Causes of asbestosis
Asbestosis usually develops many years after exposure to asbestos - a group of naturally occurring minerals. Before their harmful effects were known, asbestos fibres were widely used in insulation, building materials such as roofing and floor tiles, and brake pads. Although asbestos has been banned in the UK, it can be found in older buildings. If the asbestos containing materials are intact, they pose little risk but they require specialist removal.
The risk of developing asbestosis is related to the duration and extent of your exposure to asbestos. People who have handled asbestos at work are at higher risk of developing the condition, such as carpenters, plumbers, electricians, laggers or boiler makers, dock workers and ship building, asbestos miners, builders and painters. Second hand exposure is possible for household members of exposed workers, as asbestos fibres may be carried home on clothing.
Symptoms of asbestosis
Asbestosis symptoms include cough and shortness of breath. Find more about pulmonary fibrosis and its symptoms.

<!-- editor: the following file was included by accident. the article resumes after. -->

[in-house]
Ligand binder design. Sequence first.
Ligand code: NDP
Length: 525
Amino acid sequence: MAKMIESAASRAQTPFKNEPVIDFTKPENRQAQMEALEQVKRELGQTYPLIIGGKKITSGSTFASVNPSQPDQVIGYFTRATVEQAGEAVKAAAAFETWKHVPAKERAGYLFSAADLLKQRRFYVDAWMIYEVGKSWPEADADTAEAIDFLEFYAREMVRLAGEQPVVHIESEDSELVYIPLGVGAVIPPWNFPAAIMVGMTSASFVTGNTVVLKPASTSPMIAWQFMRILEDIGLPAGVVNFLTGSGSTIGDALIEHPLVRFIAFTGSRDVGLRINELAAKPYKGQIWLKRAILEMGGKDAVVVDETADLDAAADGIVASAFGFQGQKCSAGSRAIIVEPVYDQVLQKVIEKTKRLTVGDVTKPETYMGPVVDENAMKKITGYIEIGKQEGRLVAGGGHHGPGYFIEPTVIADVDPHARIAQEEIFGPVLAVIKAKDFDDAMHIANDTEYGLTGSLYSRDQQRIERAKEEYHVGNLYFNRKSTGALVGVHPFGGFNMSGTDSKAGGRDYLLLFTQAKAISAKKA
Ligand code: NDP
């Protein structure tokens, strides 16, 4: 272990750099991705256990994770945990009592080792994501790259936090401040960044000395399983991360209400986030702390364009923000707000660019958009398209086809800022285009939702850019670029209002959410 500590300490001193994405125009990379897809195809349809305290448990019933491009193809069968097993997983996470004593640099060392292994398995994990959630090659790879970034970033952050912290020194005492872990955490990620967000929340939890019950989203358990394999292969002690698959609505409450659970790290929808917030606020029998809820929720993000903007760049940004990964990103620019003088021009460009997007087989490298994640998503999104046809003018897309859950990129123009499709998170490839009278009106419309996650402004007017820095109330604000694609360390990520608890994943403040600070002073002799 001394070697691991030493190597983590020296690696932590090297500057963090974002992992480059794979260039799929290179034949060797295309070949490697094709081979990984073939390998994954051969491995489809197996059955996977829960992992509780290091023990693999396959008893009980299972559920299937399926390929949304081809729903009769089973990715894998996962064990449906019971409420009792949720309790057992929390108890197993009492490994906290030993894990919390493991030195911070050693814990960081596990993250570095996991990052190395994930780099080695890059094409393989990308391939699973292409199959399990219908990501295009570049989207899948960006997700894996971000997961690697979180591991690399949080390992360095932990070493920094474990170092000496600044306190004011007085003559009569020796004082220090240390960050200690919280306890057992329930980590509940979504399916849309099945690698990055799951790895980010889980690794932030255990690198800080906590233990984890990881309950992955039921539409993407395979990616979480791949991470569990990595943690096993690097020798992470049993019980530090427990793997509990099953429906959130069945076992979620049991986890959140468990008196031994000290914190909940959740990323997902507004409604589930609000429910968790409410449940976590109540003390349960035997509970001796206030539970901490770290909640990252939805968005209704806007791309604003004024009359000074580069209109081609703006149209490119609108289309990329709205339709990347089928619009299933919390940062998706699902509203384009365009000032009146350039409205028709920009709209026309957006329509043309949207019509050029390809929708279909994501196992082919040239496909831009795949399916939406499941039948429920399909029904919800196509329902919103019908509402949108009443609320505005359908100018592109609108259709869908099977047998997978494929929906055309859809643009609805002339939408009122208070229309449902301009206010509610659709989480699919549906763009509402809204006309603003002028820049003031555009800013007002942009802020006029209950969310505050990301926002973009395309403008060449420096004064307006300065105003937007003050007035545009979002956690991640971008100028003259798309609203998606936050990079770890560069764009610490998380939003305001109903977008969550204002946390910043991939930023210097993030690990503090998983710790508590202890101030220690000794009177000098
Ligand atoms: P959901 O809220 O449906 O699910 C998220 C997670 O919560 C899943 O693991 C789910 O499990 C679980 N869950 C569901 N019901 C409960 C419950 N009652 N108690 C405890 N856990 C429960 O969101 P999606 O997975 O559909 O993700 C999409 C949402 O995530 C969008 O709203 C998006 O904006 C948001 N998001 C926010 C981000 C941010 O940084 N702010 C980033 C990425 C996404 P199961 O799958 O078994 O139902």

Treatments for asbestosis
Asbestosis is not curable and there are currently no medications that will slow down pulmonary fibrosis once it has developed. However, pulmonary rehabilitation and oxygen therapy may help improve your quality of life. It is important to stop smoking.
You’ll have regular appointments with your medical team to explore how your asbestosis is progressing. Together you will also decide whether supportive treatments are appropriate.
Outlook of asbestosis
In general, pulmonary fibrosis progresses slowly in patients with asbestosis. But if you are or were a smoker, the disease may progress faster, and you have a higher risk of lung cancer.
Other forms of pulmonary fibrosis
- COVID-19-related pulmonary fibrosis
- Drug-induced pulmonary fibrosis
- Hypersensitivity pneumonitis
- Idiopathic pulmonary fibrosis
- Rheumatoid arthritis-ILD
- Systemic sclerosis
Get support for asbestosis
Join a support group in your area
It’s important to remember that you are not alone. There are now over 75 pulmonary fibrosis support groups around the country.
Support groups meet informally to share experiences, provide expert information and raise funds and awareness. Find a group near you.
Call our support line
APF runs an email and telephone support line offering information and advice about living with PF. Find out more.
Find us on social media
Watch videos of how other people cope day to day with PF.